I graduated from high school at the United World College in Mostar, which is an international school that accepts students from all over the world based on their commitment to creating world peace. It’s kind of an absurdly idealistic mission, and the school itself is a bit absurd, too, housed in a huge, bright orange Ottoman-style building in the middle of a town which was in the middle of the armed ethnic conflict that happening in Bosnia and Herzegovina from 1993 to 1996. I haven’t been back to Mostar since I graduated from school there in 2013, but this summer, I’ll be catching a plane and doing a project. Here’s basic the idea:
December 2015 marked twenty years since the formal end of the armed conflict in Bosnia and Herzegovina (BiH). But reading international media coverage about BiH, you might think the country was still at war. In the surface-level stories most commonly published, Bosnia is consistently connected with phrases like “war-torn,” and “impoverished,” and more in-depth pieces almost always focus on current ethnic tensions or memorials to genocide. Those issues are real and relevant in Bosnia and Herzegovina but they aren’t the whole story.
All over Bosnia and Herzegovina, there’s a growing culture of young people are making art and music. The artists, many of whom were babies during the conflict in BiH, have important, thought-provoking personal stories. Their work often unites people across ethnic lines, and they’re collaborating constantly on new projects to build community. But more importantly, they’re just making great creative work. And it’s probably time that more people knew.
Narrative matters. The stories we tell ourselves about a place or a people affect how much empathy we feel towards them, and whether we want to visit their country for a vacation. Stories change the kinds of international investments that are made in a place, and what kind of future the kids growing up there can imagine for themselves. With the Youth Art in Mostar project, which will be implemented during the summer of 2016, we aim to elevate narratives of creativity, and healing, and success in BiH by creating an online storytelling platform and live multimedia exhibit focused on the art and music scene in Mostar, and the young people making it possible.
So, I’m going back. I’ll be working with my four closest friends from Mostar, all of whom are artists and media makers who were intimately involved with the art community in BiH while we lived there. It’s a pretty big project, and happily we have a big grant to fund the content-gathering/story-making/exhibit-designing components of the project. For the purposes of this class, though, I’m thinking hard about how we can make the most useful online exhibit possible.
I’m not a coder; I actually have very little patience for working with computers. But I really care about things looking good, and I know that gaining recognition for these stories outside of Mostar will depend on having a really beautiful website that makes it very clear exactly why people should care about all the radical young artists in BiH.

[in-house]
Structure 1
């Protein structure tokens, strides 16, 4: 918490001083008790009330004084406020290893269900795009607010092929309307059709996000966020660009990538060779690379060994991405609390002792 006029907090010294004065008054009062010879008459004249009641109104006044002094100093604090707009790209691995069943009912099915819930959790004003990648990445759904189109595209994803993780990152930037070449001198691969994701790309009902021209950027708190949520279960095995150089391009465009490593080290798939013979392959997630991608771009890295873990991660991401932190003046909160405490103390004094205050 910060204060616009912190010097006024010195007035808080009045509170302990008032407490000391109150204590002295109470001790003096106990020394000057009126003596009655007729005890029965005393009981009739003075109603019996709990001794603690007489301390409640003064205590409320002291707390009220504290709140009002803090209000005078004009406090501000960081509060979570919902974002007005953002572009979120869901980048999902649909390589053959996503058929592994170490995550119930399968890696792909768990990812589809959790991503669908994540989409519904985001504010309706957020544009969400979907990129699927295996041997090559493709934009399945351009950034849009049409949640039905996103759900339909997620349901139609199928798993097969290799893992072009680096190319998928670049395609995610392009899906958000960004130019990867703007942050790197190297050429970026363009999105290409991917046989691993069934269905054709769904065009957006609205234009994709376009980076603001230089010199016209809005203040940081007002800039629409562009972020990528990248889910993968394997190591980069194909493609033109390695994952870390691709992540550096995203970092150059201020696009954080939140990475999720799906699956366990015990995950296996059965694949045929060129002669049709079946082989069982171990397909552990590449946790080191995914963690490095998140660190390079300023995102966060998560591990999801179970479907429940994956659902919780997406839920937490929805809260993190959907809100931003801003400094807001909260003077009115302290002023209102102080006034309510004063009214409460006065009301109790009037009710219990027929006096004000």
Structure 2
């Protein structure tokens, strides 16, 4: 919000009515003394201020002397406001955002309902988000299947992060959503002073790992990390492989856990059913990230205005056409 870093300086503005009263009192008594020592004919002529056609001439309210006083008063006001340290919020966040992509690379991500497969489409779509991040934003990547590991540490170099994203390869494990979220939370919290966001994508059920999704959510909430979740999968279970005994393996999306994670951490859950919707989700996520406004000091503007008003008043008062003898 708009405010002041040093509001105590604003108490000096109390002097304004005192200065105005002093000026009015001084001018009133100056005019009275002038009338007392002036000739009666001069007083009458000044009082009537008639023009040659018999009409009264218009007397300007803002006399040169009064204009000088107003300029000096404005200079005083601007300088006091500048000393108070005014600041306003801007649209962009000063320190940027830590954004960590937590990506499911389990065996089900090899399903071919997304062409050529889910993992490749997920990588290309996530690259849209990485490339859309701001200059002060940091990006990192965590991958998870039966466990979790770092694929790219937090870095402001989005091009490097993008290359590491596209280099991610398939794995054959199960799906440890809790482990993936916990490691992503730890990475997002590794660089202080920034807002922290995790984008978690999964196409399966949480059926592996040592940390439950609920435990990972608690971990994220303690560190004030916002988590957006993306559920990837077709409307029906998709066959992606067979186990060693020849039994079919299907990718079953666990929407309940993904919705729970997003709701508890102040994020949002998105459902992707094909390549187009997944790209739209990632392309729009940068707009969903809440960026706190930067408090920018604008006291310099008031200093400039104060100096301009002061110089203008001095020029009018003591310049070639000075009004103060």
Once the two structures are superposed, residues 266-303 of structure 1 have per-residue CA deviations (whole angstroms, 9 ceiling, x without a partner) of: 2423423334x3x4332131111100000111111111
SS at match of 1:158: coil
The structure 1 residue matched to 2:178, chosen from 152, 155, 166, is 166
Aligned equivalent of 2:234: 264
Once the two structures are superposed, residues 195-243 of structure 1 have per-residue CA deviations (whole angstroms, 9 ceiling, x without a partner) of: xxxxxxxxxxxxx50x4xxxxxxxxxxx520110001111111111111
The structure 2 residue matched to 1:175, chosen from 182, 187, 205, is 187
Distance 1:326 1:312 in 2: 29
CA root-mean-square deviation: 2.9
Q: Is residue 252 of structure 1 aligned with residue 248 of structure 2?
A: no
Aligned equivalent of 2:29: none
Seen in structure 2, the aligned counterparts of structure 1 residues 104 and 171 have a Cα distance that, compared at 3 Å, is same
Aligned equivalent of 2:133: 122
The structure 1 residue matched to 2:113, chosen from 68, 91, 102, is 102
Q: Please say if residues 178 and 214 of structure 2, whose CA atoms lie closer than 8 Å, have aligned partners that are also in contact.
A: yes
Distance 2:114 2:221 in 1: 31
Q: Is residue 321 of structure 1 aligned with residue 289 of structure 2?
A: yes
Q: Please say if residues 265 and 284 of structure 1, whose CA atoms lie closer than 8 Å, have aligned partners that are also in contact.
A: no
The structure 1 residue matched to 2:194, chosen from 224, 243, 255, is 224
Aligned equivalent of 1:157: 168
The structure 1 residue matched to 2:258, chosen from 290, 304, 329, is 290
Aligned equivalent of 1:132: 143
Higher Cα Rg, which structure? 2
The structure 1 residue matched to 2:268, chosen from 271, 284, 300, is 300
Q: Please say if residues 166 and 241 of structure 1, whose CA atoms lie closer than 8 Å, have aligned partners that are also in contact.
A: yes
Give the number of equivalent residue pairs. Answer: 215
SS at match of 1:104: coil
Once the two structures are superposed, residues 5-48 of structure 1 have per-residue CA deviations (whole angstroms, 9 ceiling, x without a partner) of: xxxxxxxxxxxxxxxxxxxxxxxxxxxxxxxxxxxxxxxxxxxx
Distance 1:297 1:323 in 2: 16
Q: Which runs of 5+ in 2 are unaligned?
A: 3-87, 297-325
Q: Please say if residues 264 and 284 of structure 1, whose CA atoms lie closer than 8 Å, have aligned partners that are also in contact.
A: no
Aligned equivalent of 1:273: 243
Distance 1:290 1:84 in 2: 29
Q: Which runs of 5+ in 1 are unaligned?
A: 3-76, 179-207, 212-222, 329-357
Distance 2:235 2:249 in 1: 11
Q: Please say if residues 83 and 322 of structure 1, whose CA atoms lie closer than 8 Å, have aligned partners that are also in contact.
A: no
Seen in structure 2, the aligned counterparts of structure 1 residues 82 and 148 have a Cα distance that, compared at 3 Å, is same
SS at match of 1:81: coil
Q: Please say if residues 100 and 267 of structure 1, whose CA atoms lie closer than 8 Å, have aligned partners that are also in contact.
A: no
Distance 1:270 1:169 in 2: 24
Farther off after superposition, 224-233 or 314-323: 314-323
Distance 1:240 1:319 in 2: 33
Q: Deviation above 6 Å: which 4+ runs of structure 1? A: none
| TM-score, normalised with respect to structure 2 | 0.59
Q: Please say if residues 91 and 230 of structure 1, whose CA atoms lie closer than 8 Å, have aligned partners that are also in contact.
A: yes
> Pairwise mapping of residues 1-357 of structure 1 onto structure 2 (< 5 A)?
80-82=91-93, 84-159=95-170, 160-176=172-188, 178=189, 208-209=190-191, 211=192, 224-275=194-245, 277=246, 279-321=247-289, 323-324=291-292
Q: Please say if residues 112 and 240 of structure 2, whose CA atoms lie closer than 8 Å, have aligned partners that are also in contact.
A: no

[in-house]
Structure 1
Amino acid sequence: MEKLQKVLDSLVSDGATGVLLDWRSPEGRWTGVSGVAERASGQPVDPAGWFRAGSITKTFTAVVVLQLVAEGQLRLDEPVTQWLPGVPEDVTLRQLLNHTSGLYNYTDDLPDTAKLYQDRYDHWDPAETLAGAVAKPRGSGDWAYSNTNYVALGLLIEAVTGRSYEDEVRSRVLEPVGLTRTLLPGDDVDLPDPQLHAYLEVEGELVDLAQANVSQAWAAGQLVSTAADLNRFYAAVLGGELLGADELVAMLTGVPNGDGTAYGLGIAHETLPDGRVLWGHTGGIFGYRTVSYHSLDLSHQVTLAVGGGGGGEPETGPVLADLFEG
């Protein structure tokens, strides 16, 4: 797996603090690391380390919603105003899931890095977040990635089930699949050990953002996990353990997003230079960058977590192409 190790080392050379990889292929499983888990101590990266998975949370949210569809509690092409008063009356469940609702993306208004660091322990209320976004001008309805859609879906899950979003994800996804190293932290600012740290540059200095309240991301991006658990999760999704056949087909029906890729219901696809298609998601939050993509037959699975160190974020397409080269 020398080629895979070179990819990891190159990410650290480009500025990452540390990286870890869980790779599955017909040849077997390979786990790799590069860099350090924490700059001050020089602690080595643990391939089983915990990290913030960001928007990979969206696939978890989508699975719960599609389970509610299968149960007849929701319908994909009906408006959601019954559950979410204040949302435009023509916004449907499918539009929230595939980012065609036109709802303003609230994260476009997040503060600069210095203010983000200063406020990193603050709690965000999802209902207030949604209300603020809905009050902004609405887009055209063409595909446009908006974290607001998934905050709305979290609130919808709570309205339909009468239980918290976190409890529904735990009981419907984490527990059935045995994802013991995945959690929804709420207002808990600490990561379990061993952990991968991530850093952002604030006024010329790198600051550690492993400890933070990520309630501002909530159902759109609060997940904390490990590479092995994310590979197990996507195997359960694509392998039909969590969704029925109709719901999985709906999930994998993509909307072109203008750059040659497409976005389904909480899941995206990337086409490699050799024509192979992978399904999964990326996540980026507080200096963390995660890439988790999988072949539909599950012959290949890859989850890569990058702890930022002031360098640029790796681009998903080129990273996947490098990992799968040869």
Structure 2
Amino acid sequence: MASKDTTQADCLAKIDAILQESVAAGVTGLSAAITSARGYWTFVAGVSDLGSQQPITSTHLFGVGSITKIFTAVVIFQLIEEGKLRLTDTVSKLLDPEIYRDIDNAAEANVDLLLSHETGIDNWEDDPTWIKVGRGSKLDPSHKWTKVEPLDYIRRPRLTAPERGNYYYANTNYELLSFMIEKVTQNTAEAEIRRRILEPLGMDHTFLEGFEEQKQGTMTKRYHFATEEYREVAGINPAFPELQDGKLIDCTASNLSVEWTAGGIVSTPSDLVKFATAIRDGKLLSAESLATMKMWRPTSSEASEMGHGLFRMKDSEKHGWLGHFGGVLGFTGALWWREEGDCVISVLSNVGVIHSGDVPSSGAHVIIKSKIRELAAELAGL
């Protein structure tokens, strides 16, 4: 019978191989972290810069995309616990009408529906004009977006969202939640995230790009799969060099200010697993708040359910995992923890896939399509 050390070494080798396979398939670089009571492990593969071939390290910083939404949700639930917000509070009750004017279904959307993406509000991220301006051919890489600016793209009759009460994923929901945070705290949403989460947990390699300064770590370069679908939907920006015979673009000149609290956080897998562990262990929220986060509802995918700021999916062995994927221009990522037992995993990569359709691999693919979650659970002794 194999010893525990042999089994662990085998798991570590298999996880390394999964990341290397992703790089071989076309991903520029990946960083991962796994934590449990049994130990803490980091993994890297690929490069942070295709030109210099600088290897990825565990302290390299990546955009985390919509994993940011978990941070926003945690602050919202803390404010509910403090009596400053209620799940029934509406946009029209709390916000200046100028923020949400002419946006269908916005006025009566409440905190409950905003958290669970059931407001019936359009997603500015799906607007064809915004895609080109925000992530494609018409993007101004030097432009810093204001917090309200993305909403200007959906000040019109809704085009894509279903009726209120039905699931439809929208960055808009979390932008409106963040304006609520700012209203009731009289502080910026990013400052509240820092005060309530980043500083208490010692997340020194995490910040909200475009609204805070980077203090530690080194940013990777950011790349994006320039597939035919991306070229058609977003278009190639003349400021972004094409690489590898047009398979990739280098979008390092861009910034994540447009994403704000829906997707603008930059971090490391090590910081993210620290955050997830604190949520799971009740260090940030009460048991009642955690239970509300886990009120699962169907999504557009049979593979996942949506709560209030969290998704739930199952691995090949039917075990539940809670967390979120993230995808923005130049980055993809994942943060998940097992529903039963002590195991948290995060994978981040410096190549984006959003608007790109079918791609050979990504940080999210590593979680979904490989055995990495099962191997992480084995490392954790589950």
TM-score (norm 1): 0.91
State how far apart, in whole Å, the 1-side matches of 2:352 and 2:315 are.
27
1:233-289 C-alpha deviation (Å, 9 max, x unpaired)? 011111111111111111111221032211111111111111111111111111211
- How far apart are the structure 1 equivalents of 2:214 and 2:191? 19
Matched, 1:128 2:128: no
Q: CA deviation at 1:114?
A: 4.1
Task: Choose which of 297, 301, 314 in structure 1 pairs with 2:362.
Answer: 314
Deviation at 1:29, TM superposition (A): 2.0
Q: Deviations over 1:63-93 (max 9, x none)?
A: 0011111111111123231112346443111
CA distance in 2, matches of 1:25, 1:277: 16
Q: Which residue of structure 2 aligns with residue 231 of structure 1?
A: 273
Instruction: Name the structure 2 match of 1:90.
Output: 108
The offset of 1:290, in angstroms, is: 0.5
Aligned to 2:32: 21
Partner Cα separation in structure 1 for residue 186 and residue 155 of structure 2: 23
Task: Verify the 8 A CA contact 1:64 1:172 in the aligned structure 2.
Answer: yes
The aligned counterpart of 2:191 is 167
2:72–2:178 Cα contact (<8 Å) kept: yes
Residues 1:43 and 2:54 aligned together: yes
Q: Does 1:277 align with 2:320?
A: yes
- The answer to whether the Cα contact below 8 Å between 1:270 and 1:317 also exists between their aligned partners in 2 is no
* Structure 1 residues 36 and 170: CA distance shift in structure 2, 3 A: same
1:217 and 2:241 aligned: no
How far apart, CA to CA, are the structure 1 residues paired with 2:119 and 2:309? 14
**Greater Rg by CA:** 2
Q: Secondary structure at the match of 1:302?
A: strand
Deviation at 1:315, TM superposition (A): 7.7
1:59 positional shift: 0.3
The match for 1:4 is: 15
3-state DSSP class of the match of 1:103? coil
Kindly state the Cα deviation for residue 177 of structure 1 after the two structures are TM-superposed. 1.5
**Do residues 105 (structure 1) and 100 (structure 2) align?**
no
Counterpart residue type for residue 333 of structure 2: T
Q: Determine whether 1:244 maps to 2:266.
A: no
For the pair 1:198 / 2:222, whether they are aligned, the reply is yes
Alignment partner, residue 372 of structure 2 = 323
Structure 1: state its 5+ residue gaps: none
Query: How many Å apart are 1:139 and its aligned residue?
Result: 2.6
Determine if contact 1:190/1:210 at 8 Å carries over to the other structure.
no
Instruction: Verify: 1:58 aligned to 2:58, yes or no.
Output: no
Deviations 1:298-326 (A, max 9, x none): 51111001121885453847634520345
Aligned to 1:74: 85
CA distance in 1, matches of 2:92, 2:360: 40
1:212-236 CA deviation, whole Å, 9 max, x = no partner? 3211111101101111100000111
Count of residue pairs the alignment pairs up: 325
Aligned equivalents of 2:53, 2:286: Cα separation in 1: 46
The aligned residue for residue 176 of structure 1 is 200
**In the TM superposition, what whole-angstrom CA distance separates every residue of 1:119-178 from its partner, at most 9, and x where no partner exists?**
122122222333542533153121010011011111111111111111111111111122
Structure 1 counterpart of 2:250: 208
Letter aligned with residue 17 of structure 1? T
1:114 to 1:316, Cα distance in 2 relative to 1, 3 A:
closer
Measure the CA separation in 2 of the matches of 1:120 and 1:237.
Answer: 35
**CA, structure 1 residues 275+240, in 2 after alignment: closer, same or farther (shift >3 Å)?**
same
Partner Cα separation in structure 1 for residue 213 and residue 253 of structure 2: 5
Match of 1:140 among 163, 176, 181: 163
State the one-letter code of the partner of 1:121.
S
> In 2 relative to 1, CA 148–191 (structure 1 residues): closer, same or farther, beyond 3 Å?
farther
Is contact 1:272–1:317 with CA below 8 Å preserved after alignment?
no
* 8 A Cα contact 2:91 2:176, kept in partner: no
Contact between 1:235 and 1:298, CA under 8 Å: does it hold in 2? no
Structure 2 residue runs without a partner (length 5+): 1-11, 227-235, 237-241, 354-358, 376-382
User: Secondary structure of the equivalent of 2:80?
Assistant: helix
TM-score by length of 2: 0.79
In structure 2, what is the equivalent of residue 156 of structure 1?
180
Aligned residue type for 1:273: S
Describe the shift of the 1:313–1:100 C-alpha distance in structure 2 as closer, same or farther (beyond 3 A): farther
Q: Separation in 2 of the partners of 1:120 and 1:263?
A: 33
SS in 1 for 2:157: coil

One of the larger questions I’ve been thinking through in terms of website design is organization. The aim of the New Narratives project is to feature not only the stories of artists and why they’re making what they’re making, but also the work itself. On top of those two goals, both the stories of artists and their work will be in many media forms — photo, audio, video, and combinations of those mediums. Figuring out a platform, and a platform design that can adequately host all of that has been tricky, but here’s where I’m at right now:
Organizing by both art and artist is working pretty well. We’re able to host all kinds of content, and highlight stories as well as portfolio work. In an ideal work, this website would also link neatly between the work of each artist and their story. I’m working towards how to do that; I’ll figure it out soon, I hope.
I do have a few more questions in terms of online content. The exhibit website, in current form, won’t last forever. It’s paid by monthly subscription, and I can’t continue to fund that forever. This raises a few questions about the possibility of creating a digital archive that correlates with the content on the site. If we don’t do that, what will happen to the work after our exhibit comes down? What will happen to the stories?
While I think these questions are really important, and I plan to work with the artists we meet this summer to make sure they have permanent copies of whatever we make, I’m also thinking about when in a narrative an archive becomes relevant. Right now, there’s not only no archive of youth-made art in Mostar, there’s also no public knowledge of it. It seems like our project, by featuring the work and stories, is a first step. Making an an archive, and making that archive publicly accessible, seems like a luxury that established narratives and content warrant. Hopefully, we’ll be there by next year.